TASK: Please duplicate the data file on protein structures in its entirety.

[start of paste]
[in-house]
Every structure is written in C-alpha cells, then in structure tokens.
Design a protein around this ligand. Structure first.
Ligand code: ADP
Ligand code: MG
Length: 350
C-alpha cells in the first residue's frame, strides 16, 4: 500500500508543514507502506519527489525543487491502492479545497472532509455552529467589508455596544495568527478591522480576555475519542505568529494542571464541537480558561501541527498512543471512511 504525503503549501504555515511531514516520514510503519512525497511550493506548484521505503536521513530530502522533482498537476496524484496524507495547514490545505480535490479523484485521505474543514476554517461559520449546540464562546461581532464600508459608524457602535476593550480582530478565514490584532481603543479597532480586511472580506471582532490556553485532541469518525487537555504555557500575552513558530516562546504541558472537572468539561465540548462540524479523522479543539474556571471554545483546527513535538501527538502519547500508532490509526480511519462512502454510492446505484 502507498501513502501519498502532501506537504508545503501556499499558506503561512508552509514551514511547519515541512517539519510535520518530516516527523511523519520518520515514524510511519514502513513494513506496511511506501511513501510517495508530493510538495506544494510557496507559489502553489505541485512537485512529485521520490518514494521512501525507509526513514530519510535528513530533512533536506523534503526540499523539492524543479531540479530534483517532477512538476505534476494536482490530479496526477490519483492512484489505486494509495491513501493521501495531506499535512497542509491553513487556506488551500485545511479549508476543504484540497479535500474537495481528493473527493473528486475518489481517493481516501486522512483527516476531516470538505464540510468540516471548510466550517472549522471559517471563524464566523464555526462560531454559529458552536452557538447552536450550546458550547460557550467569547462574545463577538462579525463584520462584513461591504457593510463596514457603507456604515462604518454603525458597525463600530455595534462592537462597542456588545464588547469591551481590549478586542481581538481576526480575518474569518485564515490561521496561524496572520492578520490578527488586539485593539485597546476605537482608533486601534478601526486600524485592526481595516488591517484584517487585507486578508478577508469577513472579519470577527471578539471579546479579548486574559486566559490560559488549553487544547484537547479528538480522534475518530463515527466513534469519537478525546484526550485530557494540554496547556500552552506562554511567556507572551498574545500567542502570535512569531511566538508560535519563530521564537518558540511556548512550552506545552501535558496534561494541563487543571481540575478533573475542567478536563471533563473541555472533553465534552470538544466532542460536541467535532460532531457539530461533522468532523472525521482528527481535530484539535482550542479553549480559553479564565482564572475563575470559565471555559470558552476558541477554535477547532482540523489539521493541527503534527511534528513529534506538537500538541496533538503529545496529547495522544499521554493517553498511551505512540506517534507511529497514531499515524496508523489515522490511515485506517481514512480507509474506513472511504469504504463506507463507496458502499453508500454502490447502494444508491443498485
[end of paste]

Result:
[in-house]
Every structure is written in C-alpha cells, then in structure tokens.
Design a protein around this ligand. Structure first.
Ligand code: ADP
Ligand code: MG
Length: 350
C-alpha cells in the first residue's frame, strides 16, 4: 500500500508543514507502506519527489525543487491502492479545497472532509455552529467589508455596544495568527478591522480576555475519542505568529494542571464541537480558561501541527498512543471512511 504525503503549501504555515511531514516520514510503519512525497511550493506548484521505503536521513530530502522533482498537476496524484496524507495547514490545505480535490479523484485521505474543514476554517461559520449546540464562546461581532464600508459608524457602535476593550480582530478565514490584532481603543479597532480586511472580506471582532490556553485532541469518525487537555504555557500575552513558530516562546504541558472537572468539561465540548462540524479523522479543539474556571471554545483546527513535538501527538502519547500508532490509526480511519462512502454510492446505484 502507498501513502501519498502532501506537504508545503501556499499558506503561512508552509514551514511547519515541512517539519510535520518530516516527523511523519520518520515514524510511519514502513513494513506496511511506501511513501510517495508530493510538495506544494510557496507559489502553489505541485512537485512529485521520490518514494521512501525507509526513514530519510535528513530533512533536506523534503526540499523539492524543479531540479530534483517532477512538476505534476494536482490530479496526477490519483492512484489505486494509495491513501493521501495531506499535512497542509491553513487556506488551500485545511479549508476543504484540497479535500474537495481528493473527493473528486475518489481517493481516501486522512483527516476531516470538505464540510468540516471548510466550517472549522471559517471563524464566523464555526462560531454559529458552536452557538447552536450550546458550547460557550467569547462574545463577538462579525463584520462584513461591504457593510463596514457603507456604515462604518454603525458597525463600530455595534462592537462597542456588545464588547469591551481590549478586542481581538481576526480575518474569518485564515490561521496561524496572520492578520490578527488586539485593539485597546476605537482608533486601534478601526486600524485592526481595516488591517484584517487585507486578508478577508469577513472579519470577527471578539471579546479579548486574559486566559490560559488549553487544547484537547479528538480522534475518530463515527466513534469519537478525546484526550485530557494540554496547556500552552506562554511567556507572551498574545500567542502570535512569531511566538508560535519563530521564537518558540511556548512550552506545552501535558496534561494541563487543571481540575478533573475542567478536563471533563473541555472533553465534552470538544466532542460536541467535532460532531457539530461533522468532523472525521482528527481535530484539535482550542479553549480559553479564565482564572475563575470559565471555559470558552476558541477554535477547532482540523489539521493541527503534527511534528513529534506538537500538541496533538503529545496529547495522544499521554493517553498511551505512540506517534507511529497514531499515524496508523489515522490511515485506517481514512480507509474506513472511504469504504463506507463507496458502499453508500454502490447502494444508491443498485